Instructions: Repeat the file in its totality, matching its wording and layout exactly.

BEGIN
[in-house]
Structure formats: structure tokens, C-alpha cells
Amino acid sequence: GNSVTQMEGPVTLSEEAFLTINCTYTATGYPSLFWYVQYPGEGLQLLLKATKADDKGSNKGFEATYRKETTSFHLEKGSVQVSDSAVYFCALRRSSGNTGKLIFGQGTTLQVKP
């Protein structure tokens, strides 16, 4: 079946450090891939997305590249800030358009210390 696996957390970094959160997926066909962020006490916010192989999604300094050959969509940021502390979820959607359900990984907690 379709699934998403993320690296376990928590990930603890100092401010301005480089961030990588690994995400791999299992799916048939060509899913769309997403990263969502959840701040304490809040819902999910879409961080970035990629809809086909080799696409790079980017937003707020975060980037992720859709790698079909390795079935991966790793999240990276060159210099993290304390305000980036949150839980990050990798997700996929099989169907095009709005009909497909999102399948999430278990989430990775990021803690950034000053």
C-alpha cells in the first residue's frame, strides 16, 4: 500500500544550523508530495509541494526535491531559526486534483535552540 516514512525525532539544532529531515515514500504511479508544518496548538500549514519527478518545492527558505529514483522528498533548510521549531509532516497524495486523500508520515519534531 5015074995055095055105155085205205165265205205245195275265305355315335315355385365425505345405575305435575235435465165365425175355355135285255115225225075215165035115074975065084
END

[in-house]
Structure formats: structure tokens, C-alpha cells
Amino acid sequence: GNSVTQMEGPVTLSEEAFLTINCTYTATGYPSLFWYVQYPGEGLQLLLKATKADDKGSNKGFEATYRKETTSFHLEKGSVQVSDSAVYFCALRRSSGNTGKLIFGQGTTLQVKP
């Protein structure tokens, strides 16, 4: 079946450090891939997305590249800030358009210390 696996957390970094959160997926066909962020006490916010192989999604300094050959969509940021502390979820959607359900990984907690 379709699934998403993320690296376990928590990930603890100092401010301005480089961030990588690994995400791999299992799916048939060509899913769309997403990263969502959840701040304490809040819902999910879409961080970035990629809809086909080799696409790079980017937003707020975060980037992720859709790698079909390795079935991966790793999240990276060159210099993290304390305000980036949150839980990050990798997700996929099989169907095009709005009909497909999102399948999430278990989430990775990021803690950034000053």
C-alpha cells in the first residue's frame, strides 16, 4: 500500500544550523508530495509541494526535491531559526486534483535552540 516514512525525532539544532529531515515514500504511479508544518496548538500549514519527478518545492527558505529514483522528498533548510521549531509532516497524495486523500508520515519534531 5015074995055095055105155085205205165265205205245195275265305355315335315355385365425505345405575305435575235435465165365425175355355135285255115225225075215165035115074975065084